The US currency has been in a tight spot since Federal Reserve Chairman Jerome Powell said at the Jackson Hole conference on Friday that the US central bank may cut its bond-buying program this year, but without giving a specific timetable.
Analysts said US employment figures, due for release on Friday this week, will be closely watched.
Powell clarified Friday that the Fed believes the test of “incremental significant progress” has been met for inflation but not jobs, and that jobs data will therefore remain key to the outlook. Monetary policy, MUFG analysts said in a note.
Traders said Tuesday’s trading is also likely to be driven by month-end inflows from companies in import and export transactions.
The dollar index fell a quarter of 92.456 percent, its lowest since August 6.
The euro rose 0.4% against a noticeably weaker dollar, hitting a three-week high of $1.18370.
Little changed after official data showed that inflation in the euro zone reached its highest level in a decade this month, with consumer prices in the 19 euro-participating nations rising 3%.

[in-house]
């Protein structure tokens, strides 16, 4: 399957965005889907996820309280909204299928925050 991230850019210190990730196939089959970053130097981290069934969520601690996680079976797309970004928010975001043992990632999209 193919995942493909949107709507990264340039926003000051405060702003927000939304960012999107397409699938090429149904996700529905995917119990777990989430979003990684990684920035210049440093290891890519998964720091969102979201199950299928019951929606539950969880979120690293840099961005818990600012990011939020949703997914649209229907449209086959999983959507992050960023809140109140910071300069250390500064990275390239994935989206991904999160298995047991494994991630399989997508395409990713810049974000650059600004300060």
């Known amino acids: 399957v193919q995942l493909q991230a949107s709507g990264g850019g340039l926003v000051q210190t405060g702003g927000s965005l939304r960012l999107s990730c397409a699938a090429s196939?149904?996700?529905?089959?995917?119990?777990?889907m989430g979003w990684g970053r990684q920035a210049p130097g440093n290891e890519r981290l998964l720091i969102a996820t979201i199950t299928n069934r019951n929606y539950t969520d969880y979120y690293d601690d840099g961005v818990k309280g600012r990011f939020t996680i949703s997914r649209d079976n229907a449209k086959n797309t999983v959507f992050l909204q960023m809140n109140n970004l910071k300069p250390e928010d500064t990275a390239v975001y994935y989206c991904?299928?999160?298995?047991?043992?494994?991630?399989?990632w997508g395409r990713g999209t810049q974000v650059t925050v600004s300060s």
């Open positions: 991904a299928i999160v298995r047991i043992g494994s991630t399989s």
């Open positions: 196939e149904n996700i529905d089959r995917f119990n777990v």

The British pound reached a two-week high of $1.38010, before falling back below $1.38.
The yen broadly settled at 109.945 per dollar.
The New Zealand dollar strengthened nearly 1% $0.70685, a day after the country’s Prime Minister, Jacinda Ardern, partially eased restrictions outside Auckland.
The Chinese yuan fell offshore against the dollar, but stabilized largely after the survey of factories and the service sector.
“The decline in the non-manufacturing PMI reflects the impact of the coronavirus. But infections in China have already peaked and fallen,” said E Kaku, chief strategist at Nomura Securities.
In the cryptocurrency, bitcoin gained 0.8% at $47,369, offsetting some of the previous day’s losses.
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